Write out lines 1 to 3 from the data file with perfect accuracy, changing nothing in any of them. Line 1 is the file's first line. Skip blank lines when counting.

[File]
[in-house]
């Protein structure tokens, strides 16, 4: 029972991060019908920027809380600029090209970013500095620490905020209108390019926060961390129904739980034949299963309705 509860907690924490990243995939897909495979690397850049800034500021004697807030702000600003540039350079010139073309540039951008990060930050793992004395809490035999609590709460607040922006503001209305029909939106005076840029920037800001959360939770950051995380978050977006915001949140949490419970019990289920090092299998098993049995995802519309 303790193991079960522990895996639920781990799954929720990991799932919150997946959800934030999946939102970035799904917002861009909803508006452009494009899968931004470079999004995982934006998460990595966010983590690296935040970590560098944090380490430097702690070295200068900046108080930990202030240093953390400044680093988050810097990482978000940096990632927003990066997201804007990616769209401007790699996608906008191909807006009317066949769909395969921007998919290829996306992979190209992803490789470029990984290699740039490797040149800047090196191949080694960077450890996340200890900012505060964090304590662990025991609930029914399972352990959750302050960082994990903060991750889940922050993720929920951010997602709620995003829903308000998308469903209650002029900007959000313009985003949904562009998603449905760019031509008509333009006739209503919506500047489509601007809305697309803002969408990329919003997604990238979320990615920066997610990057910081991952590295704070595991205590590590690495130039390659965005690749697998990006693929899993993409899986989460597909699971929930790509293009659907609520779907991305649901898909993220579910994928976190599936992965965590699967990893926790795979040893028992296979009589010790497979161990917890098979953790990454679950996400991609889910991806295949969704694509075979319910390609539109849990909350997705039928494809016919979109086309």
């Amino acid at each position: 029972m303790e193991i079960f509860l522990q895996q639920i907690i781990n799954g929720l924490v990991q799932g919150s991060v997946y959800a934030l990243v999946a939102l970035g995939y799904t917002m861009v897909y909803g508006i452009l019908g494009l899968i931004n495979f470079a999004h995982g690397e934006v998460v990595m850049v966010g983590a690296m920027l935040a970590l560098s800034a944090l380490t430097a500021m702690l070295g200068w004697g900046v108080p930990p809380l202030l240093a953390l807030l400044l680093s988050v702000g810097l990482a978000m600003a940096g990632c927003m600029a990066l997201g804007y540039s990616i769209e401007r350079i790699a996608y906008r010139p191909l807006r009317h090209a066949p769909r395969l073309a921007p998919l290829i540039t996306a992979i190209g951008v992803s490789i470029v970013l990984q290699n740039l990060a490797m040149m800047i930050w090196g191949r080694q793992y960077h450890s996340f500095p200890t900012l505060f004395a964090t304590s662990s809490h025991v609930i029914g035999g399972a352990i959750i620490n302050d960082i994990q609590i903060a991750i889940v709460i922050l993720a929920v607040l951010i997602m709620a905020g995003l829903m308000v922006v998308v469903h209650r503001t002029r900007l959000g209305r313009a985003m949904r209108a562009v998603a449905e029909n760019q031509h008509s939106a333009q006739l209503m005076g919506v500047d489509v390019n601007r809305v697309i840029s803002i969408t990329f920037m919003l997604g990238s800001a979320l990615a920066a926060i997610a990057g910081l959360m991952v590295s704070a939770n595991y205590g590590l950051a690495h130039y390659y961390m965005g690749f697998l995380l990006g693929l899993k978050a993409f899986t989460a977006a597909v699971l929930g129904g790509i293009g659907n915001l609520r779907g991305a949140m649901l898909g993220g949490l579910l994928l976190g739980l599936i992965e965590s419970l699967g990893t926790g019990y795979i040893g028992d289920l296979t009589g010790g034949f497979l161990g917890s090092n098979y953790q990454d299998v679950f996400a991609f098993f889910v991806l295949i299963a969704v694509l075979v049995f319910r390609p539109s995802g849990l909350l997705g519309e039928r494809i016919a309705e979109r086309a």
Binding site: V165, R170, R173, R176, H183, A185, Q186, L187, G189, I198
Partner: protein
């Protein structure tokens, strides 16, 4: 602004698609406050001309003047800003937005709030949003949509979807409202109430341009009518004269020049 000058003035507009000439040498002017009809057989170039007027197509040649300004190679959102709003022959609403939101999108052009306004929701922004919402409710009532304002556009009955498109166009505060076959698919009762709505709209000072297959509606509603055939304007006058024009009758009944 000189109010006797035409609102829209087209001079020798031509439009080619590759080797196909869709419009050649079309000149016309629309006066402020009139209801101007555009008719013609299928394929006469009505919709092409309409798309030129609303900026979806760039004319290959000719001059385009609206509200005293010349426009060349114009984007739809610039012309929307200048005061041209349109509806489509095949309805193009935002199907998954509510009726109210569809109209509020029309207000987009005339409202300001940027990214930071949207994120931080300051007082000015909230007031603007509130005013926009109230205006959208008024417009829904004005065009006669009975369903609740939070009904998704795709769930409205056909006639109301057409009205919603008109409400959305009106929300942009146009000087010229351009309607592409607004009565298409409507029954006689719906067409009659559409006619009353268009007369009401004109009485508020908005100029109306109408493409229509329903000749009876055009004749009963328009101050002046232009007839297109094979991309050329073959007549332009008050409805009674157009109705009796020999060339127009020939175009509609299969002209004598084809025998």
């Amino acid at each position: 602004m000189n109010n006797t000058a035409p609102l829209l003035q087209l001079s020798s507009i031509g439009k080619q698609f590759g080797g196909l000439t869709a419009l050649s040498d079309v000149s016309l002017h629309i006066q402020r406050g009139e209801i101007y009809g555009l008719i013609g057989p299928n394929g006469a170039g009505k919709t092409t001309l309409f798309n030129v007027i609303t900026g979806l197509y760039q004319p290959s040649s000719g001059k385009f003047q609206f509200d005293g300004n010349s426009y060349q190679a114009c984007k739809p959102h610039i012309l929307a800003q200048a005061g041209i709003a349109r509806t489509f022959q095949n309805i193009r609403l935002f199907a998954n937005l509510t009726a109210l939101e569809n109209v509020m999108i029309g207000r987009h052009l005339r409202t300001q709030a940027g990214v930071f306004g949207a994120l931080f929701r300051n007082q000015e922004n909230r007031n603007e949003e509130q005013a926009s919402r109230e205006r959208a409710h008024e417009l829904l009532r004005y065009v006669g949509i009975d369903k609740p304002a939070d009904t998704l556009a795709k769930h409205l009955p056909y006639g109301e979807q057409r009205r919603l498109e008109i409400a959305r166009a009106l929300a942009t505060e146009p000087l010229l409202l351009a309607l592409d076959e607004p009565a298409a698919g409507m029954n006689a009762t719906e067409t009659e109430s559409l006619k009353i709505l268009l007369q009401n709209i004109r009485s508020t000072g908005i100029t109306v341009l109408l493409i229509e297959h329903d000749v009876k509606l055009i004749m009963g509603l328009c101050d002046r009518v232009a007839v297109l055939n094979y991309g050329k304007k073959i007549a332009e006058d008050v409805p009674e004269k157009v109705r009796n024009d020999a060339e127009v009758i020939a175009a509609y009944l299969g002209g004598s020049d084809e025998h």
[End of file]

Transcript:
[in-house]
């Protein structure tokens, strides 16, 4: 029972991060019908920027809380600029090209970013500095620490905020209108390019926060961390129904739980034949299963309705 509860907690924490990243995939897909495979690397850049800034500021004697807030702000600003540039350079010139073309540039951008990060930050793992004395809490035999609590709460607040922006503001209305029909939106005076840029920037800001959360939770950051995380978050977006915001949140949490419970019990289920090092299998098993049995995802519309 303790193991079960522990895996639920781990799954929720990991799932919150997946959800934030999946939102970035799904917002861009909803508006452009494009899968931004470079999004995982934006998460990595966010983590690296935040970590560098944090380490430097702690070295200068900046108080930990202030240093953390400044680093988050810097990482978000940096990632927003990066997201804007990616769209401007790699996608906008191909807006009317066949769909395969921007998919290829996306992979190209992803490789470029990984290699740039490797040149800047090196191949080694960077450890996340200890900012505060964090304590662990025991609930029914399972352990959750302050960082994990903060991750889940922050993720929920951010997602709620995003829903308000998308469903209650002029900007959000313009985003949904562009998603449905760019031509008509333009006739209503919506500047489509601007809305697309803002969408990329919003997604990238979320990615920066997610990057910081991952590295704070595991205590590590690495130039390659965005690749697998990006693929899993993409899986989460597909699971929930790509293009659907609520779907991305649901898909993220579910994928976190599936992965965590699967990893926790795979040893028992296979009589010790497979161990917890098979953790990454679950996400991609889910991806295949969704694509075979319910390609539109849990909350997705039928494809016919979109086309």
């Amino acid at each position: 029972m303790e193991i079960f509860l522990q895996q639920i907690i781990n799954g929720l924490v990991q799932g919150s991060v997946y959800a934030l990243v999946a939102l970035g995939y799904t917002m861009v897909y909803g508006i452009l019908g494009l899968i931004n495979f470079a999004h995982g690397e934006v998460v990595m850049v966010g983590a690296m920027l935040a970590l560098s800034a944090l380490t430097a500021m702690l070295g200068w004697g900046v108080p930990p809380l202030l240093a953390l807030l400044l680093s988050v702000g810097l990482a978000m600003a940096g990632c927003m600029a990066l997201g804007y540039s990616i769209e401007r350079i790699a996608y906008r010139p191909l807006r009317h090209a066949p769909r395969l073309a921007p998919l290829i540039t996306a992979i190209g951008v992803s490789i470029v970013l990984q290699n740039l990060a490797m040149m800047i930050w090196g191949r080694q793992y960077h450890s996340f500095p200890t900012l505060f004395a964090t304590s662990s809490h025991v609930i029914g035999g399972a352990i959750i620490n302050d960082i994990q609590i903060a991750i889940v709460i922050l993720a929920v607040l951010i997602m709620a905020g995003l829903m308000v922006v998308v469903h209650r503001t002029r900007l959000g209305r313009a985003m949904r209108a562009v998603a449905e029909n760019q031509h008509s939106a333009q006739l209503m005076g919506v500047d489509v390019n601007r809305v697309i840029s803002i969408t990329f920037m919003l997604g990238s800001a979320l990615a920066a926060i997610a990057g910081l959360m991952v590295s704070a939770n595991y205590g590590l950051a690495h130039y390659y961390m965005g690749f697998l995380l990006g693929l899993k978050a993409f899986t989460a977006a597909v699971l929930g129904g790509i293009g659907n915001l609520r779907g991305a949140m649901l898909g993220g949490l579910l994928l976190g739980l599936i992965e965590s419970l699967g990893t926790g019990y795979i040893g028992d289920l296979t009589g010790g034949f497979l161990g917890s090092n098979y953790q990454d299998v679950f996400a991609f098993f889910v991806l295949i299963a969704v694509l075979v049995f319910r390609p539109s995802g849990l909350l997705g519309e039928r494809i016919a309705e979109r086309a």